Sainsobii vs Wamazon: Battle of the Bookseller Titans
Last week, a new alliance between supermarket Sainsbury’s and social reading site aNobii rocked the publishing world. As I’ve said before, aNobii have been ramping up their online presence of late and it seems to have paid off with this deal, sparking some discussion as to whether this was Sainsbury’s well and truly making their move into eBook retailing. But can they realistically take on the giants of the book selling industry? In a fight between young-gun Sainsobii and godly Wamazon*, who would win?
In the Orange Corner…
Sainsbury’s. Bookseller of the year 2011; poised to usurp power from traditional bookshops everywhere; reporting profits UP, market share UP; gaining strength in new sectors; and recent partner of social reading plus online retailer aNobii.
In the…other… Orange Corner…
Amazon. Keeper of the Kindle keys; online retail giant; a name synonymous with online book buying; an international corporation whose ruthless tactics have led to massive success; whose logo permeates the internet like mould in blue cheese; publisher, retailer, megalith and new ‘partner’ of Waterstones bookseller.
Round 1: Social
Sainsobii: Anobii have been doing everything they can to widen their reach in the UK, and their site is based on the idea of recommendations set up by the user, giving their customers a sense of power rather than prescription. Anobii also has Facebook sign in, a dangerously important tool for fitting in to their users’ established online lives.
Wamazon, on the other hand, have long been criticized for their lack of engagement with ‘social reading’. Their rating and recommendation system has come under fire time and time again for fake reviews. Whether or not this is true, one thing is certain: Wamazon may have a prolific website, but that website does not feed content to the rest of the internet in the same way Sainsobii seems set on doing.
Round 2: Customer Service
Sainsobii have a history of good customer service through the supermarket chain, and are well equipped to deal with this through the usual channels. However, they’re inexperienced in eBook retailing.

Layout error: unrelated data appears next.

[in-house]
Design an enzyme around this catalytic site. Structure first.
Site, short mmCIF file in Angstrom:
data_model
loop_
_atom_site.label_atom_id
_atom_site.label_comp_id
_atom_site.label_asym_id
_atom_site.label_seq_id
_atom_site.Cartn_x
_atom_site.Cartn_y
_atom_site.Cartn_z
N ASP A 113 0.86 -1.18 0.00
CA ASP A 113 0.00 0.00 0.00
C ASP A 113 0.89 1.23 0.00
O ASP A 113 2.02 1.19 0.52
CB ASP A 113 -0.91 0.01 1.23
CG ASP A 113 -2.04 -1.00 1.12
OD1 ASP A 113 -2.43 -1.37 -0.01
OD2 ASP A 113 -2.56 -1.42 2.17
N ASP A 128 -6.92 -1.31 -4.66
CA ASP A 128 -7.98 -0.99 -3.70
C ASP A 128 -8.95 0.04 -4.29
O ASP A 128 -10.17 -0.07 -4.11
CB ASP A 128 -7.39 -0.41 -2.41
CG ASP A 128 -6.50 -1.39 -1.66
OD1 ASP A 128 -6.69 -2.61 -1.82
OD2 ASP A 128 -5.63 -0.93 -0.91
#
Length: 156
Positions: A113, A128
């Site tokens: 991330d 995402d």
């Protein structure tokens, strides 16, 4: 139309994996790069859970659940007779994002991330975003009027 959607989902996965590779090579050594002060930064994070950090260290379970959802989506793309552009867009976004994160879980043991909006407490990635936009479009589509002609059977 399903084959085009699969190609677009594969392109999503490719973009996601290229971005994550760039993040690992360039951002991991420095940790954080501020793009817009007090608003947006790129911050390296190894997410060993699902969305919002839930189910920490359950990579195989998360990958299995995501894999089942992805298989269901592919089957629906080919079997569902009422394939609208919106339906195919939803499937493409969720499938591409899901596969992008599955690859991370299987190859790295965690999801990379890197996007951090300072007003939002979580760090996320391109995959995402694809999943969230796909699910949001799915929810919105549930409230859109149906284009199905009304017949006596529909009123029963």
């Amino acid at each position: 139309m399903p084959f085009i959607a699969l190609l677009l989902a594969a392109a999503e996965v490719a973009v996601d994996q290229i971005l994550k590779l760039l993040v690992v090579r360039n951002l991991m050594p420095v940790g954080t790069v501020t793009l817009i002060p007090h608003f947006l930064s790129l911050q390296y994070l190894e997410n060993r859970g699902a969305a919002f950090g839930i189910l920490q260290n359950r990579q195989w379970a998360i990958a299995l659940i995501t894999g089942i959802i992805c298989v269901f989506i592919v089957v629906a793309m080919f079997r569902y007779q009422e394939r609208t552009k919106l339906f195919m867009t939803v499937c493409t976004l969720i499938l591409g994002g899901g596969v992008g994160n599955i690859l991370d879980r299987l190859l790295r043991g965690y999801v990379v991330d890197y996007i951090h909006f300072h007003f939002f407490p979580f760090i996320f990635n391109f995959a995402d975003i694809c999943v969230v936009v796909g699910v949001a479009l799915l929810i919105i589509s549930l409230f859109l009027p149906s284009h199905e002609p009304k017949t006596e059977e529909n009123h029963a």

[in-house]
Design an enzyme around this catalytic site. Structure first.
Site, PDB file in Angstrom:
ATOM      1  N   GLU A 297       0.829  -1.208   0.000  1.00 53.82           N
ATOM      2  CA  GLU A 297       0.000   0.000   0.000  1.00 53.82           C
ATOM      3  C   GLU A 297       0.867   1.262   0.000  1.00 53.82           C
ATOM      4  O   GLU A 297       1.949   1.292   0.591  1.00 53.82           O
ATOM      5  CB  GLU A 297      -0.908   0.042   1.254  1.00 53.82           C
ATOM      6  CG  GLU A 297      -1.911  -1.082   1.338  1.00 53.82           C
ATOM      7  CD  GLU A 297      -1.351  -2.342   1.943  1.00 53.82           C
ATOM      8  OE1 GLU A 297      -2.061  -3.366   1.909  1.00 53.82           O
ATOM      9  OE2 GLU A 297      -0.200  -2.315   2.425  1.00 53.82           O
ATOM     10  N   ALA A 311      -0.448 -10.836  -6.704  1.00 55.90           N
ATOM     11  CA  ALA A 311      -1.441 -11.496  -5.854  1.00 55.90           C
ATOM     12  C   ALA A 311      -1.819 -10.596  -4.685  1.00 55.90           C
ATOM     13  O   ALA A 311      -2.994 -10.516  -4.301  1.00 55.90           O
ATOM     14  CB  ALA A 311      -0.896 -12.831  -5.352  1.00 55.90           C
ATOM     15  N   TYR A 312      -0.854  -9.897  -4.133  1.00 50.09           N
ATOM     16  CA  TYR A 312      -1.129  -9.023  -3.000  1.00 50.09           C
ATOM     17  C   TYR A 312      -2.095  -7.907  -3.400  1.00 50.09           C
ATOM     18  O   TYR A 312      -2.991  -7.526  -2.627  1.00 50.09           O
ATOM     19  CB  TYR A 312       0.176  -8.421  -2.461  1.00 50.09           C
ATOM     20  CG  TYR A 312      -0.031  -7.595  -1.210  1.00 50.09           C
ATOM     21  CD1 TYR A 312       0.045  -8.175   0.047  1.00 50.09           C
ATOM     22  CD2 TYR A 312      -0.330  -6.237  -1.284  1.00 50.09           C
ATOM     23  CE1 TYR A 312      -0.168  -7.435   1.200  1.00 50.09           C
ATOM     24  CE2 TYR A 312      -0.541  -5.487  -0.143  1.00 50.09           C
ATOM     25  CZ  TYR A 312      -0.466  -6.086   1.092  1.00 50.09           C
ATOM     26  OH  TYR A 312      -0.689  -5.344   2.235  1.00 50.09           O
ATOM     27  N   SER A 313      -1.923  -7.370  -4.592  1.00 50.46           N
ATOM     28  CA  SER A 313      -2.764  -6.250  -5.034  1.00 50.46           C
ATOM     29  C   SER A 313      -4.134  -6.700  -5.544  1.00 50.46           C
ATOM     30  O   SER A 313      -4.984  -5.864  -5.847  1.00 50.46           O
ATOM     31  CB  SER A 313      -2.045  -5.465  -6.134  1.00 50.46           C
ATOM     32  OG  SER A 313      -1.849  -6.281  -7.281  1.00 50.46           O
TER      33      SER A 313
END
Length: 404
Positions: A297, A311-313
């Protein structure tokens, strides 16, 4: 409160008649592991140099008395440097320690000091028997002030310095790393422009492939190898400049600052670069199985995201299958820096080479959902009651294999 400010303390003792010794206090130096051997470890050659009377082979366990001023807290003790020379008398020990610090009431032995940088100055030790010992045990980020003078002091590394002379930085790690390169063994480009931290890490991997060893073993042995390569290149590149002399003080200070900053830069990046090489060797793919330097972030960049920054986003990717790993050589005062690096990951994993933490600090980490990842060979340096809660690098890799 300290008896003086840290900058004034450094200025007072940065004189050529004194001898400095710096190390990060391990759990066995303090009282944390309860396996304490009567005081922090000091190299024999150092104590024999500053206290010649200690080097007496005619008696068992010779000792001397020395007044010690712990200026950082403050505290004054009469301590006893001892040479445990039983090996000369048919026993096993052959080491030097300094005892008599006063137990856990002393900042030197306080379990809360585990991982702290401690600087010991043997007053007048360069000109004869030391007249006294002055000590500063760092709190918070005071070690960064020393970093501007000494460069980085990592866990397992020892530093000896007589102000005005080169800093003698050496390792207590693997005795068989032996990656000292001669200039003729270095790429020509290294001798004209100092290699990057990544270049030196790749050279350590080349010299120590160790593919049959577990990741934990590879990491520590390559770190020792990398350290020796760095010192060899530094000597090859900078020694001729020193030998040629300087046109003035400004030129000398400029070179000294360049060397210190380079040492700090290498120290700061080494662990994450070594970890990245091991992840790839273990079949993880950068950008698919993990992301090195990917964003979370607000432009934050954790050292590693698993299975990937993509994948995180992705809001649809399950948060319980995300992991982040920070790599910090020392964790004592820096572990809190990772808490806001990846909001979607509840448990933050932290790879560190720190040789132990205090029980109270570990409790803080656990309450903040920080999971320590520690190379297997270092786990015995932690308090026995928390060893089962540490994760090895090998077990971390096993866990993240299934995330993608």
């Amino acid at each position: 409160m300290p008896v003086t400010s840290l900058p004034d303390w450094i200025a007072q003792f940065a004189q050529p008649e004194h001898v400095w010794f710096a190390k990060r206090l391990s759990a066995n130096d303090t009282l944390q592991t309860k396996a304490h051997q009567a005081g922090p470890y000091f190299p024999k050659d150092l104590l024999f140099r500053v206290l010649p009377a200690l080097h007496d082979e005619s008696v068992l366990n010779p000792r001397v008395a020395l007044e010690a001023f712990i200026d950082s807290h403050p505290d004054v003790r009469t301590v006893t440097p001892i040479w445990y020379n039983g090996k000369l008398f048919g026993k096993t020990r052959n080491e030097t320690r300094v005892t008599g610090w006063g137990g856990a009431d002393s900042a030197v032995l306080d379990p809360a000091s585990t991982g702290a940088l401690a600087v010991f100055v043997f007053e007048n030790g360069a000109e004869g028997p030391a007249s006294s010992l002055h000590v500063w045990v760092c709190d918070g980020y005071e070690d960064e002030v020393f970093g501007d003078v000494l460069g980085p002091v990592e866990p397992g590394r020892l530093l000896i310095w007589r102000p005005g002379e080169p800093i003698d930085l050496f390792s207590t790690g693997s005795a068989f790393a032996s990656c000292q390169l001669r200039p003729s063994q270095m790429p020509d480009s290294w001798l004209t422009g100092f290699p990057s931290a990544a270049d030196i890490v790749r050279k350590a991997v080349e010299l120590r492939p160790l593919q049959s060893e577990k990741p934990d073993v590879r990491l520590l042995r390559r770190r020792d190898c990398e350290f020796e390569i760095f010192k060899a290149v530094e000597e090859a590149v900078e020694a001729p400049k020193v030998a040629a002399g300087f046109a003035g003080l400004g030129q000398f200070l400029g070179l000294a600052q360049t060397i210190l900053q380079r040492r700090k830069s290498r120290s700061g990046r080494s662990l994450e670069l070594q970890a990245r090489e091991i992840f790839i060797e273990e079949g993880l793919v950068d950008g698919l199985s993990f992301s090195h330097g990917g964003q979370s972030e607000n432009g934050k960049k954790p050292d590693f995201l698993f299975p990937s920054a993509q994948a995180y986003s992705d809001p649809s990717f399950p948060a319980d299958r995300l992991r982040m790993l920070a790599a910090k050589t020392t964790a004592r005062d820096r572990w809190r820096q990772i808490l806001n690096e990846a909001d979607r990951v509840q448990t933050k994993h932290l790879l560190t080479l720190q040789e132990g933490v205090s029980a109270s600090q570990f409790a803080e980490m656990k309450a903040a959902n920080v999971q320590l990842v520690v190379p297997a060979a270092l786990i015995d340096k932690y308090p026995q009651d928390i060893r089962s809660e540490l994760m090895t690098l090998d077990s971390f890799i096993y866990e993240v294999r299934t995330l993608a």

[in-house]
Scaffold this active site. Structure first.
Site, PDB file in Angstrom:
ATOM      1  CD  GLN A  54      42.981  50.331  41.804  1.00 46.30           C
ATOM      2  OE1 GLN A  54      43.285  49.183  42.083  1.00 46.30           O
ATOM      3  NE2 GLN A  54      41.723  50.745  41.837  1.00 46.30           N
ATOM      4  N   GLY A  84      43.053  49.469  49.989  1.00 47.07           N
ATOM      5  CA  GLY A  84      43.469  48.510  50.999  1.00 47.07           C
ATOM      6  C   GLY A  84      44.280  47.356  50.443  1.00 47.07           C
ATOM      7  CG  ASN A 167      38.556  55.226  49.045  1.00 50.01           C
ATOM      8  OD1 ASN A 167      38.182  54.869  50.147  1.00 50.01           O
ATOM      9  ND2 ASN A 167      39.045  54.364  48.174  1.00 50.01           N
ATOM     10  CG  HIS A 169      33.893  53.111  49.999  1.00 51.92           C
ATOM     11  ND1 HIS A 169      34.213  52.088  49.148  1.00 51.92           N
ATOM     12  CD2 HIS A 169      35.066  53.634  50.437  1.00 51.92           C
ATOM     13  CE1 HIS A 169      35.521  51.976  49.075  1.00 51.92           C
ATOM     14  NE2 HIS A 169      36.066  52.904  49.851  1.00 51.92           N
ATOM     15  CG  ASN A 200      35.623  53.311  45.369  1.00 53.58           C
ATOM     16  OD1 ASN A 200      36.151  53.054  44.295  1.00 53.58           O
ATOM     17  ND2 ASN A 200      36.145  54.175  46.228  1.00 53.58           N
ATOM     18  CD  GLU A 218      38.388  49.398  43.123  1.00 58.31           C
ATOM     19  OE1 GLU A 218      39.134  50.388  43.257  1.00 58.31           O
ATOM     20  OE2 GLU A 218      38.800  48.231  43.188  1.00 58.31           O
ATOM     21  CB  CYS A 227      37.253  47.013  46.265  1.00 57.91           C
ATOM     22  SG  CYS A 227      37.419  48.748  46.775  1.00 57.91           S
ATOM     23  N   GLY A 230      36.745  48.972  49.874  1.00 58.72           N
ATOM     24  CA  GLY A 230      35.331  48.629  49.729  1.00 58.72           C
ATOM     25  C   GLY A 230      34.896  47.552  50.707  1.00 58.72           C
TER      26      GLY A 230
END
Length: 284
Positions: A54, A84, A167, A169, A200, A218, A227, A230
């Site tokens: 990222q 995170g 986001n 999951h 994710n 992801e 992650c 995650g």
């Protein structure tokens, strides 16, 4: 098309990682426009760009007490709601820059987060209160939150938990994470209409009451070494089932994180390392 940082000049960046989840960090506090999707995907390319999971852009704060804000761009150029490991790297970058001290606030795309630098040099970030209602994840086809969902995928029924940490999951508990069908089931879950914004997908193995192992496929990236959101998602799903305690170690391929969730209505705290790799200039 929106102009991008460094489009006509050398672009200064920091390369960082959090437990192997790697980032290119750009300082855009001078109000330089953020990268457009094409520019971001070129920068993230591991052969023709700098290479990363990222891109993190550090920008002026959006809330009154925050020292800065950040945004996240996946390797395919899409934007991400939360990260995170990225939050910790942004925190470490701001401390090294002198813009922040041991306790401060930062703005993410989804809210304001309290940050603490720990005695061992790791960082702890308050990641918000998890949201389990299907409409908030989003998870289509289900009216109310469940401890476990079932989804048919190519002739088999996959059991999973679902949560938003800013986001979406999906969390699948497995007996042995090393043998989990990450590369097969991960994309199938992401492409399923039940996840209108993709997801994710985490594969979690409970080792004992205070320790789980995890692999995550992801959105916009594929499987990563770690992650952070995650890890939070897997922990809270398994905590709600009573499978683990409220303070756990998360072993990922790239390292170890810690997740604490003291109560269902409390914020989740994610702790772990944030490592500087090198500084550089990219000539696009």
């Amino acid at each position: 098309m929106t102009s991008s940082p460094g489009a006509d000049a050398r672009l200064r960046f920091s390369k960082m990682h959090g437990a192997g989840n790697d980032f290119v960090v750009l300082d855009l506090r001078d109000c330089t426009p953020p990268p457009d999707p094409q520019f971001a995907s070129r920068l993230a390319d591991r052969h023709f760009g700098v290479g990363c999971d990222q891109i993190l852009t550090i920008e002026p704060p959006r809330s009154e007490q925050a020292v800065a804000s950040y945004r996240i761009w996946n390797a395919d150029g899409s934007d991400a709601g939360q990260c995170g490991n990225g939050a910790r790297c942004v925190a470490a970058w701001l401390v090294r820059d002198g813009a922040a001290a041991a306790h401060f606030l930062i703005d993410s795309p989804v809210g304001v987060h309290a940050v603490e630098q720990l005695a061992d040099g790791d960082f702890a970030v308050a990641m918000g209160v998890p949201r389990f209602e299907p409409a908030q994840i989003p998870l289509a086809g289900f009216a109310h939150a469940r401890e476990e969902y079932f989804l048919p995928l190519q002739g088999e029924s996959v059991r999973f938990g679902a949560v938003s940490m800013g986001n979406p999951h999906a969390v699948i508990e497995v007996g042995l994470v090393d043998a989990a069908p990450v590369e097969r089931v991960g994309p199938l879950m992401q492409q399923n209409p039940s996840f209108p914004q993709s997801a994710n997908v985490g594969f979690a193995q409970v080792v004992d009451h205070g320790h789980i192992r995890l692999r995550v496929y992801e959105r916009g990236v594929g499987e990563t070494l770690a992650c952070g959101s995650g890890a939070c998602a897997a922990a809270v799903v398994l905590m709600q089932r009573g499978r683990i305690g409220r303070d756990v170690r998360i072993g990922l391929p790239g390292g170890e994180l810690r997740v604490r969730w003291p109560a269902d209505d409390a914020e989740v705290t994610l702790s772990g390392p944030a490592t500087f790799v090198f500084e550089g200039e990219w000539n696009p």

Wamazon employ the dual attack of excellent online service, with delivery tracking and a team of dedicated staffers, plus physical stores for help with the devices if you don’t know how to use them. This expertise deals a deadly blow, ensuring their proprietary eReader is placed into as many book-reading hands as possible.
Round 3: Reach
Sainsobii: Sainsbury’s have a massive customer base who have already proven that they do want to buy physical books. They also have a huge database of customer information, and probably a mailing list of people whose numbers compare to Australia’s population. Anobii’s reach is pretty woeful, but using Sainsbury’s platform they have the potential to reach an audience of millions, which, with the right message, is a hugely powerful thing. Also, aNobii have the backing of three large publishers, which could play well in Sainsobii’s favour when it comes to joint promotions.
Wamazon: Waterstones holds a questionable (read: small) amount of customer data. Amazon have a user base comparable to that of the world’s population, and are firmly established as THE online bookseller. But they are not a local business in the UK, and have recently got a decent amount of bad press that might be limiting their sway with UK-based book buyers with a sense of economic responsibility. Is the UK public ready to move onto the next thing? Maybe.
Too close to call
So, as with all things, fighting has solved nothing. I don’t think we’re in a position to say whether Sainsobii will act on all the opportunities it has, and Wamazon is not one to stand idly by when presented with a challenge.
One key thing I would like to point out is that BOTH retailers are in a position to use books as loss leaders. It’s not a practice I agree with, but no bookseller thus far has been in a comparable situation. If Sainsbury’s can compete on price while offering something that Amazon don’t/can’t (ie: a reading experience integrated with their online lives, a buying experience integrated with their daily shop), Amazon could be in for some major disruption.